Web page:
13 Comments | Report
asienio October 26, 2015
Amazing shoot!
Love that one:)
VHiggins November 23, 2015
beautiful! congratulations!
EdwardBenton November 27, 2015
That's one for above the mantlepiece!
michaelwarrenphotography November 28, 2015
Fantastic shot and great example of good HDR - as a tool and not a style! Congrats on being a finalist!
IsabelPing December 06, 2015
streetmanphoto December 06, 2015
My humble thank you to everyone who has taken the time to comment and/or award this photo.
laurenpeelerbrice December 06, 2015
This is magnificent. I love the light and composition.
acseven December 14, 2015
Wonderful panorama, really good light. For my own personal I guess you could have straightened the horizon, it's kind of noticeable particulary on the mountain peak reflection. Still, very nice. ;)
streetmanphoto December 27, 2015
I see what you mean by the horizon . I had adjusted it before it got uploaded. I remember thinking it started to look tilted tor the left if I pushed it any further. Thanks for commenting and the compliment.
streetmanphoto December 27, 2015
Again my thanks for everyone who has liked, commented, and awarded this photo. I am truly humbled by the responses.
AliAlzuhair January 19, 2016
streetmanphoto August 01, 2016
I am humbled again by the responses to this photo. My thanks to you all and especially to the Viewbug team for putting this photo on the Viewbug Wall twice.
PrincezzxDiana September 17, 2016
This is such an amazing photo! I love this so much
Thank you everyone who has awarded this shot. Very humbled and honoured that you did so.


Shot at Canmore Resevoir, late fall. Four shot panorama.
Shot at Canmore Resevoir, late fall. Four shot panorama.
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Behind The Lens

This was taken at a reservoir about a 5 minute drive from where I live.
A crisp fall morning in 2013, I decided I should get out to take pictures of the sunrise. I really, honestly had no fore thought as to where I was going to go take pictures. On a feeling I drove up to the reservoir and walked a very short distance to the shore. By the time I got there the sky in the east was beginning to lighten with the rising sun.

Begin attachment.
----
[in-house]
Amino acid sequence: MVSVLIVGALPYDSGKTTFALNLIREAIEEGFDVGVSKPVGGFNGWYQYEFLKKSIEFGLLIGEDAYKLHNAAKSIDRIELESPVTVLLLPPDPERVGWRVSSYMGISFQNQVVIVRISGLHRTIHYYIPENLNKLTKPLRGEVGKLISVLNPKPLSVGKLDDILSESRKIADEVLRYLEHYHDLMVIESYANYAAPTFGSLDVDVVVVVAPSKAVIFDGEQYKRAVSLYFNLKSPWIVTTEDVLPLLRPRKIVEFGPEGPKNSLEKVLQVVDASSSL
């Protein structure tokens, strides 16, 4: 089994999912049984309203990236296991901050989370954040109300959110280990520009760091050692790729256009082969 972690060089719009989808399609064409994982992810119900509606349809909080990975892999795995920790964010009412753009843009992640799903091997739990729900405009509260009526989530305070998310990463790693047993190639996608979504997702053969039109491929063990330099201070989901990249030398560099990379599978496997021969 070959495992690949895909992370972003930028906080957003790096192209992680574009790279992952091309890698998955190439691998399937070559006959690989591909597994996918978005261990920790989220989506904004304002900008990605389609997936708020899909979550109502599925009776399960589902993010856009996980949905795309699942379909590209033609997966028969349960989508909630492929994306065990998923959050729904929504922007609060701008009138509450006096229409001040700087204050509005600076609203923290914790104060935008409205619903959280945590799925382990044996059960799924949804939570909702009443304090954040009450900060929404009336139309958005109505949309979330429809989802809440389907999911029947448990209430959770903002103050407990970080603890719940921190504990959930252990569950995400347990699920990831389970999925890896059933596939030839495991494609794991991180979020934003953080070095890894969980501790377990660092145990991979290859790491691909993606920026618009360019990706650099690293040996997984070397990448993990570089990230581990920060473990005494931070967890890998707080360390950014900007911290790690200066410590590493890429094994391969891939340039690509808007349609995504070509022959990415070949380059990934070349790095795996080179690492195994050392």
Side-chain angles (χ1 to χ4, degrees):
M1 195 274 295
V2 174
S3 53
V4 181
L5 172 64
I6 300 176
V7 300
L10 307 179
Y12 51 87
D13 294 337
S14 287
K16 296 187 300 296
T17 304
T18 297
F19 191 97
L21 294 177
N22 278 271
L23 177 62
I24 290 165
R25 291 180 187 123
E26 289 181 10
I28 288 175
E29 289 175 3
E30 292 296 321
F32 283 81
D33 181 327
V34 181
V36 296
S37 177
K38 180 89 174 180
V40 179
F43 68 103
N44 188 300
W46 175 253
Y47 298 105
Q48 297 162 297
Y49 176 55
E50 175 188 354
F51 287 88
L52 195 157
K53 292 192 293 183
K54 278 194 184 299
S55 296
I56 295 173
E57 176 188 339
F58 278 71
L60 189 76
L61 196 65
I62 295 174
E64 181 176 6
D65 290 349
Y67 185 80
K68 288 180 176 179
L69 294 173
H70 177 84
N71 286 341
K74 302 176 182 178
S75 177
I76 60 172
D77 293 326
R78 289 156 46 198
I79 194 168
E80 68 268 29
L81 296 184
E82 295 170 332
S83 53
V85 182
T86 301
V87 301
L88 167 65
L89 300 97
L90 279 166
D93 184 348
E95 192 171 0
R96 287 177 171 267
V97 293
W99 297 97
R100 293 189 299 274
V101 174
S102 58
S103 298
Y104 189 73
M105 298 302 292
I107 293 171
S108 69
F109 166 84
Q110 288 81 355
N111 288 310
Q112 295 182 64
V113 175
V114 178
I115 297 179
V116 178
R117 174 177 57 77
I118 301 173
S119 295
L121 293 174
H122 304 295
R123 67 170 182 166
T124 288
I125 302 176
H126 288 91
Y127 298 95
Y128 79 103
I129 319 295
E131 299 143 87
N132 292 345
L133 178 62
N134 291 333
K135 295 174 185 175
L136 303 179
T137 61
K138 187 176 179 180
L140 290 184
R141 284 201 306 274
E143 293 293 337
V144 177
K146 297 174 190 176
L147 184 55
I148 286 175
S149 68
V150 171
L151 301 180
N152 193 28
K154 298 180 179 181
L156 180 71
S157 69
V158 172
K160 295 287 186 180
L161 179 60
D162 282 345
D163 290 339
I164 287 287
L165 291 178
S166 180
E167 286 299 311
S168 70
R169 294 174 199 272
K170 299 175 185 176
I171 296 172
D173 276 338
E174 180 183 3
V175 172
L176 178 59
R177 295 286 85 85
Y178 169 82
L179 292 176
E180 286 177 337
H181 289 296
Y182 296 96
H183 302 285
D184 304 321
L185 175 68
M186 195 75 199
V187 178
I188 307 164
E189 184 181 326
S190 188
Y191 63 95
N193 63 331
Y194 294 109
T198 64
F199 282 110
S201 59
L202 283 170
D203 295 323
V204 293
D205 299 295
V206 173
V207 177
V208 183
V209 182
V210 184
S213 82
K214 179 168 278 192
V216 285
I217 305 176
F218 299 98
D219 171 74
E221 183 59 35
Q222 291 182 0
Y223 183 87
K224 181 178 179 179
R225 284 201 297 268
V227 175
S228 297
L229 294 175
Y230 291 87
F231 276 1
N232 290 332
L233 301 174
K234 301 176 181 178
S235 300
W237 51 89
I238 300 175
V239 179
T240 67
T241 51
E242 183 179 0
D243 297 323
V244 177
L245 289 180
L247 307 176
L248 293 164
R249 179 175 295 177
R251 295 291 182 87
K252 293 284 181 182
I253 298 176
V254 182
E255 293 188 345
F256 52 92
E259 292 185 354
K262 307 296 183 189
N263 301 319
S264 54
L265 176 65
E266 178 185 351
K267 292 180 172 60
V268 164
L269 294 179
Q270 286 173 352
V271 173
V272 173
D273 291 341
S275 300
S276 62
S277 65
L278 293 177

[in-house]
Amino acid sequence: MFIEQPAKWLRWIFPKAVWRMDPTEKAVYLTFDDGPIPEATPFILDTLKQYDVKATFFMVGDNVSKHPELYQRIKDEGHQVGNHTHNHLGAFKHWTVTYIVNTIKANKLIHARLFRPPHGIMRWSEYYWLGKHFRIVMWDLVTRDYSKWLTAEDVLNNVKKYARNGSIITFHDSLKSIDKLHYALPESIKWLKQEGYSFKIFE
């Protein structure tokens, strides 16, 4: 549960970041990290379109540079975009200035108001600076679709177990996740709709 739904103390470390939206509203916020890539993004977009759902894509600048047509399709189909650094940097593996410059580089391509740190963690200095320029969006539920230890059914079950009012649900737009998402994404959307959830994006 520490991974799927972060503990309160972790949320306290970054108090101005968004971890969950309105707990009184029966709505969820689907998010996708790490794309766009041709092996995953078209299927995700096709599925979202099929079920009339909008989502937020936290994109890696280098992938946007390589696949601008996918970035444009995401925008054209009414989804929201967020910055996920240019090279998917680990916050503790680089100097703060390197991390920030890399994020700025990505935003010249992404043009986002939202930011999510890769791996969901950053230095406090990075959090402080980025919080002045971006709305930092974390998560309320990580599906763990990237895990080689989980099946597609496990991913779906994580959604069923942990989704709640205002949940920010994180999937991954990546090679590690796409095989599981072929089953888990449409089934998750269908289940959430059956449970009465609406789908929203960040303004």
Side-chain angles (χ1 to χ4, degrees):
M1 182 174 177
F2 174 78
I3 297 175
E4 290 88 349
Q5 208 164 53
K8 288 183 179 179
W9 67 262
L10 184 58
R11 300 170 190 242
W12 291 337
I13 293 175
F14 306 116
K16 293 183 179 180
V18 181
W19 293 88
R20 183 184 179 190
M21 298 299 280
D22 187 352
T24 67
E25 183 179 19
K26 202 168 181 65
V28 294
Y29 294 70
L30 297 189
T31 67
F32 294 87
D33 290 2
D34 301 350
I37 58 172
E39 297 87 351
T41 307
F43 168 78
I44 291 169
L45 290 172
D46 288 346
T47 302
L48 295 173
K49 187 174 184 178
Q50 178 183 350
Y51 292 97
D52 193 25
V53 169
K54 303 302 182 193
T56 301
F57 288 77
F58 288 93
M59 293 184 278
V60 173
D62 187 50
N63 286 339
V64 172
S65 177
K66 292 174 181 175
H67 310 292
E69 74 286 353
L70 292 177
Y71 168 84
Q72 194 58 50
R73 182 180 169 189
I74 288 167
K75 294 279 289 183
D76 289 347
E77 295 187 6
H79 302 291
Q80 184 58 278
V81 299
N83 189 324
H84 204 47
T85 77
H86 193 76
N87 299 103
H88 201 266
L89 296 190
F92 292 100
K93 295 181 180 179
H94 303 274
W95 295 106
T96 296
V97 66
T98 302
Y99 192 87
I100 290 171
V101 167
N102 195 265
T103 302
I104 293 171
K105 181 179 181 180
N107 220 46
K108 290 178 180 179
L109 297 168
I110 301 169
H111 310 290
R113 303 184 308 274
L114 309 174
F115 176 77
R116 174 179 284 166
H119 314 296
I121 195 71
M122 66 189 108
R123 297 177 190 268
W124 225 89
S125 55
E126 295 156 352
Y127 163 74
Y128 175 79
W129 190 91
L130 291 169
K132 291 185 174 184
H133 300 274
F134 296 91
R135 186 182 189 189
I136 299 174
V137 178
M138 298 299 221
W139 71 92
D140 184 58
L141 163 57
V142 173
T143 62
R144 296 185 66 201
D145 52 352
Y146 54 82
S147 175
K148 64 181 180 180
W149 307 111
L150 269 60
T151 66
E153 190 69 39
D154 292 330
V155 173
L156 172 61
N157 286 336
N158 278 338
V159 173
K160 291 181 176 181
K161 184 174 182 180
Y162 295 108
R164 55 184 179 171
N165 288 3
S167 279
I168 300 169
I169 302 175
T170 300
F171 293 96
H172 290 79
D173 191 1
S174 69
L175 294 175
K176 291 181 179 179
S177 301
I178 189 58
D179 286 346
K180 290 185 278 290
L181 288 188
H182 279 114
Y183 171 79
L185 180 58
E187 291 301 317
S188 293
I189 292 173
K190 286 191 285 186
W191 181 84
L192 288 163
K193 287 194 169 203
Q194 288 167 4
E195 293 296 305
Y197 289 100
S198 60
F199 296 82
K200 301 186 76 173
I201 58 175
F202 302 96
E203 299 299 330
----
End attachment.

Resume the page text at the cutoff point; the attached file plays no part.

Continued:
Sunrises (and sunsets) can be a crap shoot as to how good they are going to be for taking pictures. Sometimes it is comes down to being patient and knowing the shot you see in your head will be there. You just keep trying. This particular morning I got lucky and after setting up the camera gear where I thought the scene would look best, I waited for the sun rise further and hoped to get the orangeish red hues coming off the mountain tops. Twenty minutes of waiting and watching, the sunrise light got better and better. The key to catching the light just right was watching the color on the clouds closer to the sunrise and noticing how quickly the color was changing on those clouds.
I used a Pentax K10D, a polarized Pentax SMC DA 16-45 lens attached to a ProMaster Carbon Fiber tripod with a ProMaster Ball Head and a wired shutter release.
I wanted to take a panorama of the sunrise on the mountains. The bonus was having the water still enough to reflect the scene but also this one fairy large cloud extending from top of frame into the horizon.
This shot is actually made up of five separate shots. All of them bracketed with three shots each. I post processed each group of three RAW files in Photomatix, adjusting them to what I remember the scene looking like. I then made some minor adjustments to the five tiff files in Photoshop for contrast using curves. I then used Photoshop's Panorama feature to make one large file of the whole scene. After that I cropped the picture to take away the unwanted edges. Using the Polygon Lasso tool, I selected everything from the top of mountains down to the bottom edge of the water and used Imaginenomic's noise reduction to take out the noise in the water. I then reversed the selection and took out noise in the sky. Then I zoomed in on the picture to take out dust spots.
In my camera bag
I recently upgraded to Pentax's full frame K1 camera. I have their HD Pentax-D FA 28-105mm f/3.5-5.6 ED DC WR lens (which is surprisingly sharp for a 3.5-5.6), a Pentax 50mm 1.8, and a Pentax K-x. A wired remote control and a polarizer to fit each lens and a very sturdy tripod.
Be set up and ready to go as much as possible. I usually arrive at a scene a half hour before sunrise/sunset so I know where I am going to set up and have everything ready. Pay attention to how the light is hitting clouds, mountains and sky as the sunrise/sunset progresses. Be patient, if the shot you are after doesn't work the first time try again. The next time the lighting could be fantastic. If I was going to change anything I did with this shot it would be to have taken five bracketed shots vs three. I discovered about two months later if you take five instead of three, you do not end up with as much noise and also the dynamic range of your shot has more information in it to be able to pull more detail out, especially in the shadows. Also, don't pack up your gear when everyone else has or when you think the light show might be over. There have been many times when I thought the lighting could not get any better, only to be shown five minutes later I was wrong.....and I was very glad to have stuck around.

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